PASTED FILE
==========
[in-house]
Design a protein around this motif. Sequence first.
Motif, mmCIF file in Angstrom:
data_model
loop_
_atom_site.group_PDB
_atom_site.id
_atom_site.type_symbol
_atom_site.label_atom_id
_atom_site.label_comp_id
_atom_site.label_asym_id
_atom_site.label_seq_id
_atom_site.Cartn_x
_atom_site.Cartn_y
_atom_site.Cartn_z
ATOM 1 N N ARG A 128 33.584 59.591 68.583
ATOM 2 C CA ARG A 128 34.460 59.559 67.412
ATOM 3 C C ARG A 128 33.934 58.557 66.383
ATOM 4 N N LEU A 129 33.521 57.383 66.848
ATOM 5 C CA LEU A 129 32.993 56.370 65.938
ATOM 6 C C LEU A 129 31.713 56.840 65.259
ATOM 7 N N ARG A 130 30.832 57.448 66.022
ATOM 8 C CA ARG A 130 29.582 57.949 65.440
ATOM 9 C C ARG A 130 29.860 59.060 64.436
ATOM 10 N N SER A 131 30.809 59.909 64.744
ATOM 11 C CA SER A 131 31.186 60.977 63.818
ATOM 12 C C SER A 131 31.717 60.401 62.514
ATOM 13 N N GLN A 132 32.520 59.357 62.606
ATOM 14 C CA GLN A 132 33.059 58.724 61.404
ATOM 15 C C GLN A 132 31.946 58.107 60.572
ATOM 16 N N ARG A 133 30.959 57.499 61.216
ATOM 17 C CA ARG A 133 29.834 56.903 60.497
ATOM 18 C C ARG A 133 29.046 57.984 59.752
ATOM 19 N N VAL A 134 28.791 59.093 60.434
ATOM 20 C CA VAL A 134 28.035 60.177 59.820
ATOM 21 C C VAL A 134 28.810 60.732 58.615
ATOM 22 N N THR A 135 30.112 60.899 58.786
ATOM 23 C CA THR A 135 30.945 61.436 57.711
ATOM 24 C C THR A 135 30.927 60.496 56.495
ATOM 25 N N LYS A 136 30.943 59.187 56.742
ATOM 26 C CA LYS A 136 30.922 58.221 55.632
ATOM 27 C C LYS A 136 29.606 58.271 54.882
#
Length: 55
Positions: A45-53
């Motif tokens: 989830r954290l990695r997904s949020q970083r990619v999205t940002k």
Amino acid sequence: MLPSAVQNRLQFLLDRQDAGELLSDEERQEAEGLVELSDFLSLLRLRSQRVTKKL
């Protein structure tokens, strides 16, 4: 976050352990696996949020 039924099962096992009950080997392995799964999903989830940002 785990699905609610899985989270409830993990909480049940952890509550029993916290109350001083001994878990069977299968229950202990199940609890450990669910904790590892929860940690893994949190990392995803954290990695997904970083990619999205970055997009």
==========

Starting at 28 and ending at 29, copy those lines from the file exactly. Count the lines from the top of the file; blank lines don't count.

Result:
ATOM 13 N N GLN A 132 32.520 59.357 62.606
ATOM 14 C CA GLN A 132 33.059 58.724 61.404